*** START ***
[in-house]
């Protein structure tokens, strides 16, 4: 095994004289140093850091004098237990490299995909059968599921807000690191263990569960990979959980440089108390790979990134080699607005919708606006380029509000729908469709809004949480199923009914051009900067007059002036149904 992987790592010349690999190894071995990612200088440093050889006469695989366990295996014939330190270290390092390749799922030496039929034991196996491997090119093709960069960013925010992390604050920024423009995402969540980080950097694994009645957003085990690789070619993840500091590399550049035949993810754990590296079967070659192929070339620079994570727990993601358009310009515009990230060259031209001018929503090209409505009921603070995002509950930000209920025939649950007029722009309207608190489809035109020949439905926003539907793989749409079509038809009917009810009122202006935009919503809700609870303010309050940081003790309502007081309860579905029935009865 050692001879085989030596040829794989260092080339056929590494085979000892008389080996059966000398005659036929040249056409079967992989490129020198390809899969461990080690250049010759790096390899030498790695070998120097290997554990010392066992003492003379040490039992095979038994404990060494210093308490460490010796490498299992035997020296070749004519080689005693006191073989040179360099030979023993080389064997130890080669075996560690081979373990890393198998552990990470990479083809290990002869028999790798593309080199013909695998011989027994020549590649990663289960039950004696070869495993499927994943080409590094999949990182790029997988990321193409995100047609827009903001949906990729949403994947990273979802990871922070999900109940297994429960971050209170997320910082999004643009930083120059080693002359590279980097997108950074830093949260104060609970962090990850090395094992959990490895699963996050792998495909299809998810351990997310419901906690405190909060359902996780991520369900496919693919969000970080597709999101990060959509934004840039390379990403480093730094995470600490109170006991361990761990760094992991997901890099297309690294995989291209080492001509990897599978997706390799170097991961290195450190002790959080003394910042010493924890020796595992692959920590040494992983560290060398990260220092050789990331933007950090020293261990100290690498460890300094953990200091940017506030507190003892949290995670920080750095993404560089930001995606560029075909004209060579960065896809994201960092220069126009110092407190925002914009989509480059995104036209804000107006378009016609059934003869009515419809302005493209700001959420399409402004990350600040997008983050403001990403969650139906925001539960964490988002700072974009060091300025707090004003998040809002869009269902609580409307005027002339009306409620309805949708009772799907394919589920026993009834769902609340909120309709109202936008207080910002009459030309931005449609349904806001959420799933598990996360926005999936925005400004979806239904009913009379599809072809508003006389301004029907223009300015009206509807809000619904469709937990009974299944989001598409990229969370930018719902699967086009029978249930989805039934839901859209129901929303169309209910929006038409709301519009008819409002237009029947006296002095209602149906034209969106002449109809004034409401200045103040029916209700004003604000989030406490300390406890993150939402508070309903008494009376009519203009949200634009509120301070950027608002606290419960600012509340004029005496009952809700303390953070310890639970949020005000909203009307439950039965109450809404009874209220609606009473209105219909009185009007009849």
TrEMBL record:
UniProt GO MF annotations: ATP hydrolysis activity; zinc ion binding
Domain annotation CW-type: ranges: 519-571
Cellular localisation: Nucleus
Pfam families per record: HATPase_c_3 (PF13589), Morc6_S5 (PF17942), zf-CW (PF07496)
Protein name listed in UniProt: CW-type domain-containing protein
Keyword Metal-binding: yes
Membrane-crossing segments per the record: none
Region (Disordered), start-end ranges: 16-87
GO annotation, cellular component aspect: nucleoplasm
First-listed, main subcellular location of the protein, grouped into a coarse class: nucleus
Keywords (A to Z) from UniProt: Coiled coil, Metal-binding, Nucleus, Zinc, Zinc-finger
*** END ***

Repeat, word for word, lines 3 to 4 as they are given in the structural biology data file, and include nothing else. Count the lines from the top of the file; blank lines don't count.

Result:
TrEMBL record:
UniProt GO MF annotations: ATP hydrolysis activity; zinc ion binding